Lawns in September

Control Broadleaf Weeds with TRIMEC Liquid Herbicide – EVERYONE has weeds in their lawns in September.  I had weeds in my lawn; The Lawn Depot had weeds; all of you have weeds in September.  Why?  Because there are weed seeds everywhere, in every neighborhood, all the time.  These weed seeds blow around with the summer breezes.  And because lawns are stressed during the summer heat, they tend to thin to some degree, and the ever-present weed seeds can find a home to settle and germinate.  Although some of these weeds may not bloom this fall, they’re there.  And if you want to achieve/maintain a weed-free environment in your yard, you need to remove these weeds before they go dormant.  Apply liquid TRIMEC herbicide (no rain for at least 12 hours; no mowing for 24 hours) to the entire lawn (for thinner lawns with moderate to heavy weed levels) or to spots (for well established, healthy lawns with minimal to moderate weed levels), but in either case, treat the weeds now.  Early fall broadleaf weed control should ALWAYS be your first lawn chore, … ALWAYS 2-3 weeks before seeding

Fertilizing in the Early Fall – Cool weather turf (those grasses that comprise 100% of our lawns) do not produce roots in summer (air temperature above 85), regardless of whether or not or how much you water and/or fertilize your lawn.  Because of this, lawns are susceptible to encroachment from many insect, weed and disease pests that tend to thin lawns.  So, as we now enter the best time of the year for lawns, with still warm days and cooler nights, we want to give all lawns a booster shot, a subtle, 6-8 week organic-based granular fertilization.  It’ll green the lawn without stimulating extra top growth; it’ll help thicken the lawn as plants crowns come to life in the cooler nights; and it’ll give any germinating seedlings help in establishing a good and healthy root system.

Seeding/Overseeding Lawns in September – All lawns need some seed every fall if they are to be maintained as vigorous and healthy.  The Lawn Depot buys directly from the Pacific NW growers, using the newest cultivars in all of our mixes and blends.  New lawns should be seeded heavily (along with heavy core aeration) and older lawns can be upgraded by overseeding to get these newer varieties of into the lawn.  Lawns that have more than 4-6 hours a day of shade should be totally overseeded each fall.  And even lawns that are thick and thriving need SOME overseeding each fall.  There are high traffic areas, or areas where tree roots interfere with grass’ ability to establish good, deep root systems, or areas that have been diminished by turf disease or insects and need a freshening.  We encourage all of you to take advantage of the wonderful growing conditions this (and every) fall, and add new seed to your existing lawns.  You’ll love the results.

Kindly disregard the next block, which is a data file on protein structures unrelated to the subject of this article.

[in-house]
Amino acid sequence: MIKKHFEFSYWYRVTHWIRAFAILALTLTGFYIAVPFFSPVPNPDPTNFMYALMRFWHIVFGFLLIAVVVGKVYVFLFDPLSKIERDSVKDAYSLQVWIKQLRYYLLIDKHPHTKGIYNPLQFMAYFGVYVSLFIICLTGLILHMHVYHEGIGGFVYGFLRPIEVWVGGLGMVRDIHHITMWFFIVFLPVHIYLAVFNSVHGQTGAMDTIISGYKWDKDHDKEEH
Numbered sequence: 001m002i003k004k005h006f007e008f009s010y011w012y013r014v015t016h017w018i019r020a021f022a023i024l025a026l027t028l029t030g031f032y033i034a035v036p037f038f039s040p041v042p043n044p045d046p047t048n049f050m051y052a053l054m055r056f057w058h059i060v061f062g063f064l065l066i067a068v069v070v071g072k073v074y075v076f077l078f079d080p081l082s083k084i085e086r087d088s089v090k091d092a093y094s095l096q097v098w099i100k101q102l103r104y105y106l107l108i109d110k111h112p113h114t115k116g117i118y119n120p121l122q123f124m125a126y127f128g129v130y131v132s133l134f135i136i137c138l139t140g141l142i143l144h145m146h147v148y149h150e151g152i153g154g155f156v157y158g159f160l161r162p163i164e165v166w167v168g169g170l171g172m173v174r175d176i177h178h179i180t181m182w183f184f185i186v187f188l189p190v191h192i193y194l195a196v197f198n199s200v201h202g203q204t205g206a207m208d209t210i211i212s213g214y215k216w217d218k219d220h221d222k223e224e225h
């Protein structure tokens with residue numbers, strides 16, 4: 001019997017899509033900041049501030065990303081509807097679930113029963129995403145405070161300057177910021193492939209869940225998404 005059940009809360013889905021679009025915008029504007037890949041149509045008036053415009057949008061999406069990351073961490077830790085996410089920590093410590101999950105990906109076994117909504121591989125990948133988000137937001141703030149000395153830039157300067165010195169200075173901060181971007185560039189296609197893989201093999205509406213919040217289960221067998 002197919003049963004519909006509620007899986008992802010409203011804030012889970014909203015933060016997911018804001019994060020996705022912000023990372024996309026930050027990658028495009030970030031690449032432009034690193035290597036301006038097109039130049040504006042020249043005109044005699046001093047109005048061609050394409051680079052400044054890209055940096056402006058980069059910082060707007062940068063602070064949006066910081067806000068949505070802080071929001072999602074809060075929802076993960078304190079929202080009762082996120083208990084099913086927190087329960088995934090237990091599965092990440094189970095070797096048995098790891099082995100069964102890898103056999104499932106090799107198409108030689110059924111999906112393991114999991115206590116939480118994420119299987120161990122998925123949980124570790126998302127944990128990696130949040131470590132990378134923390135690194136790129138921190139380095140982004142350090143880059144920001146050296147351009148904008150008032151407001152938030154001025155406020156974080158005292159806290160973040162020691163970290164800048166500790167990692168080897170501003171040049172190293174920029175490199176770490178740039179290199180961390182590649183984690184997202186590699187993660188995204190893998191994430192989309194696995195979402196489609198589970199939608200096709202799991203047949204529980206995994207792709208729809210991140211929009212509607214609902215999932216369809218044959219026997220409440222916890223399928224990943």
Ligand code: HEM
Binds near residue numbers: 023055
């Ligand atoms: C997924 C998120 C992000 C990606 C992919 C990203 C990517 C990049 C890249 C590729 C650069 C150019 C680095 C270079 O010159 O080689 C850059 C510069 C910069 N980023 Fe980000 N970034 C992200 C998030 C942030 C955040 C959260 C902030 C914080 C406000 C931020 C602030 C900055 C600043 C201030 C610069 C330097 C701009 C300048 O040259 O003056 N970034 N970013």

Improving Soil Conditions with Regular Core Aeration and Liming Lawns – It’s a never-ending problem in most of the Northeast quadrant of the U.S.: our soils are both acidic (pH below 6.0) and dense (high clay content).  It certainly doesn’t mean that our soils are not conducive to growing lovely grass and other landscape plants; it simply means that we have to work a little harder to accomplish the best results than our neighbors in the Midwest and Pacific Northwest, where soils are deep, fertile and of moderate acidity naturally.  And the 2 conditioning activities we strongly recommend are REGULAR (once or twice each year) liming and core aeration.  The lime (in a couple of easy-to-handle consistencies) neutralizes the acidic soil, thus enabling fertilizers to work better and faster.  And core aeration (the pulling of 2-3” long plugs from the lawns) reduces soil density, thus allowing moisture to enter deeper into plants’ root zones, reduces thatch build-up and gives roots room to grow deeper and denser. 

Checking for Grub Damage in your Lawn – Grubs feed on grass roots.  Grubs are the larval stage of many insect pests, most notably Japanese beetles.  Grubs hatch in late summer in concentrated areas of lawn near where the adult females fed in early summer on shrub and tree leaves.  Because grass roots are dormant in the summer, these voracious little grubs can cause irreparable damage to turf.  Thus, it will need to be renovated and repaired.  Much of the control over these devastating pests can be credited to the fact that most of us now treat grubs preventatively (like crabgrass) in May and June with granular MALLET or MERIT, which kill the hatching grubs before they can damage the lawn.  But IF you didn’t apply MALLET/MERIT this spring, and IF you had a significant population of Japanese beetles in June/July, and IF you have areas of your lawn that haven’t greened back up along with the rest of the lawn, and IF, when you scratch vigorously at these patches with a stiff rake and the turf rolls back easily, exposing ½” long, off-white semi-circular worms in the soil … YOU’VE GOT A GRUB PROBLEM.  Immediately apply granular BIO-ADVANCED’s 24 Hour (DYLOX) Grub Killer and water in thoroughly, and begin renovating the damage (core aeration, heavy overseeding).  Then keep the seed wet with DAILY WATERING.  And next spring, apply MALLET or MERIT in May or June, so you won’t have this problem again.



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